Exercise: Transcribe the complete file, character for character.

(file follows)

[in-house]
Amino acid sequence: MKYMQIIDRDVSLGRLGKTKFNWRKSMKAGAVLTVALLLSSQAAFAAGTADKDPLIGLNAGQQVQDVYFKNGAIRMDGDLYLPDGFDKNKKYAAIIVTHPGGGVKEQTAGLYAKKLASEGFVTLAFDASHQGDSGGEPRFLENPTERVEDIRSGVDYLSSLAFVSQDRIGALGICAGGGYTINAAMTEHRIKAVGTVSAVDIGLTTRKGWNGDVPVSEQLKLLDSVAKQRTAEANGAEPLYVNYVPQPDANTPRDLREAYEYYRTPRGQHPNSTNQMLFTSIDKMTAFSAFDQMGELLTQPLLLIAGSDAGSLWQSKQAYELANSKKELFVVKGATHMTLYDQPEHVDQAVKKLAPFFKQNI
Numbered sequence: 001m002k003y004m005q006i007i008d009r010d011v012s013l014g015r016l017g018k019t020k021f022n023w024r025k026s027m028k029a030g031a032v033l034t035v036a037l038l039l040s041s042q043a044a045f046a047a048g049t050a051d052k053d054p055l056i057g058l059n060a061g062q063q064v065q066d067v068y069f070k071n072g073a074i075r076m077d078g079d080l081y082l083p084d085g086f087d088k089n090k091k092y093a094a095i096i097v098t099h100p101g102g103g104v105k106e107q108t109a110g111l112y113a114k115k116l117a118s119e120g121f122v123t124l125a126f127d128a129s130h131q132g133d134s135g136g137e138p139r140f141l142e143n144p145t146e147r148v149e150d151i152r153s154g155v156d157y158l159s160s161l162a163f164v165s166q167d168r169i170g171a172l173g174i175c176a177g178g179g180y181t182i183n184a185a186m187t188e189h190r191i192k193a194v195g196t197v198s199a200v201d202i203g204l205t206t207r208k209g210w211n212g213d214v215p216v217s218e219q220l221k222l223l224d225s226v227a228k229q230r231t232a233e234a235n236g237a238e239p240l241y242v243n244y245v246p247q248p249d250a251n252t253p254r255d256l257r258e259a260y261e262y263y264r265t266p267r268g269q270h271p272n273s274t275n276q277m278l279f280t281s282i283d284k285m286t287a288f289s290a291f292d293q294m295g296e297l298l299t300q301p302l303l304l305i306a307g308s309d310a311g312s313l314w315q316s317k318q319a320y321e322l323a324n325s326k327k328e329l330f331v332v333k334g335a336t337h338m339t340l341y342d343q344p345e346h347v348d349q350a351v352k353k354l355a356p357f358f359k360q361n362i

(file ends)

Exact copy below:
[in-house]
Amino acid sequence: MKYMQIIDRDVSLGRLGKTKFNWRKSMKAGAVLTVALLLSSQAAFAAGTADKDPLIGLNAGQQVQDVYFKNGAIRMDGDLYLPDGFDKNKKYAAIIVTHPGGGVKEQTAGLYAKKLASEGFVTLAFDASHQGDSGGEPRFLENPTERVEDIRSGVDYLSSLAFVSQDRIGALGICAGGGYTINAAMTEHRIKAVGTVSAVDIGLTTRKGWNGDVPVSEQLKLLDSVAKQRTAEANGAEPLYVNYVPQPDANTPRDLREAYEYYRTPRGQHPNSTNQMLFTSIDKMTAFSAFDQMGELLTQPLLLIAGSDAGSLWQSKQAYELANSKKELFVVKGATHMTLYDQPEHVDQAVKKLAPFFKQNI
Numbered sequence: 001m002k003y004m005q006i007i008d009r010d011v012s013l014g015r016l017g018k019t020k021f022n023w024r025k026s027m028k029a030g031a032v033l034t035v036a037l038l039l040s041s042q043a044a045f046a047a048g049t050a051d052k053d054p055l056i057g058l059n060a061g062q063q064v065q066d067v068y069f070k071n072g073a074i075r076m077d078g079d080l081y082l083p084d085g086f087d088k089n090k091k092y093a094a095i096i097v098t099h100p101g102g103g104v105k106e107q108t109a110g111l112y113a114k115k116l117a118s119e120g121f122v123t124l125a126f127d128a129s130h131q132g133d134s135g136g137e138p139r140f141l142e143n144p145t146e147r148v149e150d151i152r153s154g155v156d157y158l159s160s161l162a163f164v165s166q167d168r169i170g171a172l173g174i175c176a177g178g179g180y181t182i183n184a185a186m187t188e189h190r191i192k193a194v195g196t197v198s199a200v201d202i203g204l205t206t207r208k209g210w211n212g213d214v215p216v217s218e219q220l221k222l223l224d225s226v227a228k229q230r231t232a233e234a235n236g237a238e239p240l241y242v243n244y245v246p247q248p249d250a251n252t253p254r255d256l257r258e259a260y261e262y263y264r265t266p267r268g269q270h271p272n273s274t275n276q277m278l279f280t281s282i283d284k285m286t287a288f289s290a291f292d293q294m295g296e297l298l299t300q301p302l303l304l305i306a307g308s309d310a311g312s313l314w315q316s317k318q319a320y321e322l323a324n325s326k327k328e329l330f331v332v333k334g335a336t337h338m339t340l341y342d343q344p345e346h347v348d349q350a351v352k353k354l355a356p357f358f359k360q361n362i